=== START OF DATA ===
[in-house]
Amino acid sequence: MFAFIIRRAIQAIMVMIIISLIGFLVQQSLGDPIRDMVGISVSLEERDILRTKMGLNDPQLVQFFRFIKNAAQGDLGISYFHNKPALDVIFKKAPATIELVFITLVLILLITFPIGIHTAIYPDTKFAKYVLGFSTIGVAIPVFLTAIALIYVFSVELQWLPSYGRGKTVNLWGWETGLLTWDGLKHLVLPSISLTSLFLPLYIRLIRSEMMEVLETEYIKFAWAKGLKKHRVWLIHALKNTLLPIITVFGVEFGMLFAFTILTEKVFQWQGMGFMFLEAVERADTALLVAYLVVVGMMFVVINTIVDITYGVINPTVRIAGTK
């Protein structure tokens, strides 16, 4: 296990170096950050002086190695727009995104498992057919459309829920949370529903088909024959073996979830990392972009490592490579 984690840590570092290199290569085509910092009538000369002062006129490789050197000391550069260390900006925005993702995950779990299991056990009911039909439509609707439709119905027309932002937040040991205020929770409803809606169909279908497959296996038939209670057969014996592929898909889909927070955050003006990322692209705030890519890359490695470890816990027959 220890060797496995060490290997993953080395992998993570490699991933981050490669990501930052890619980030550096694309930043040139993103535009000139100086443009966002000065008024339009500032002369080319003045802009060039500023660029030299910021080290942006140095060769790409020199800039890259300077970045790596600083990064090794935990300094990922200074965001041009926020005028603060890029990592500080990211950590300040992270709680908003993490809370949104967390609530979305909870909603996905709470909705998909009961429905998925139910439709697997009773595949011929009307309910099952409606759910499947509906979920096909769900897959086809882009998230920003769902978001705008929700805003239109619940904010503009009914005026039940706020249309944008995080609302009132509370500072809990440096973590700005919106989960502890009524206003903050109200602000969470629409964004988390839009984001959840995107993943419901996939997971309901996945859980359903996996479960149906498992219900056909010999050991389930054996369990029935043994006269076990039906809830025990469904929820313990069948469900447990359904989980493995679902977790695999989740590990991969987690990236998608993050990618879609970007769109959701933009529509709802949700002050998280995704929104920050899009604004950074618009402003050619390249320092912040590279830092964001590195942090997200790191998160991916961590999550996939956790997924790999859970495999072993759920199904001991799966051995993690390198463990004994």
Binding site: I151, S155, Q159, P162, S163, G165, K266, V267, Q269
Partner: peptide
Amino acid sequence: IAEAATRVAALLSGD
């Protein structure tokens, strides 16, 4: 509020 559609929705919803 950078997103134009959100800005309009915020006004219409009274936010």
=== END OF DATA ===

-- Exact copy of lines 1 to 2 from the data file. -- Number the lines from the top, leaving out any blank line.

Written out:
[in-house]
Amino acid sequence: MFAFIIRRAIQAIMVMIIISLIGFLVQQSLGDPIRDMVGISVSLEERDILRTKMGLNDPQLVQFFRFIKNAAQGDLGISYFHNKPALDVIFKKAPATIELVFITLVLILLITFPIGIHTAIYPDTKFAKYVLGFSTIGVAIPVFLTAIALIYVFSVELQWLPSYGRGKTVNLWGWETGLLTWDGLKHLVLPSISLTSLFLPLYIRLIRSEMMEVLETEYIKFAWAKGLKKHRVWLIHALKNTLLPIITVFGVEFGMLFAFTILTEKVFQWQGMGFMFLEAVERADTALLVAYLVVVGMMFVVINTIVDITYGVINPTVRIAGTK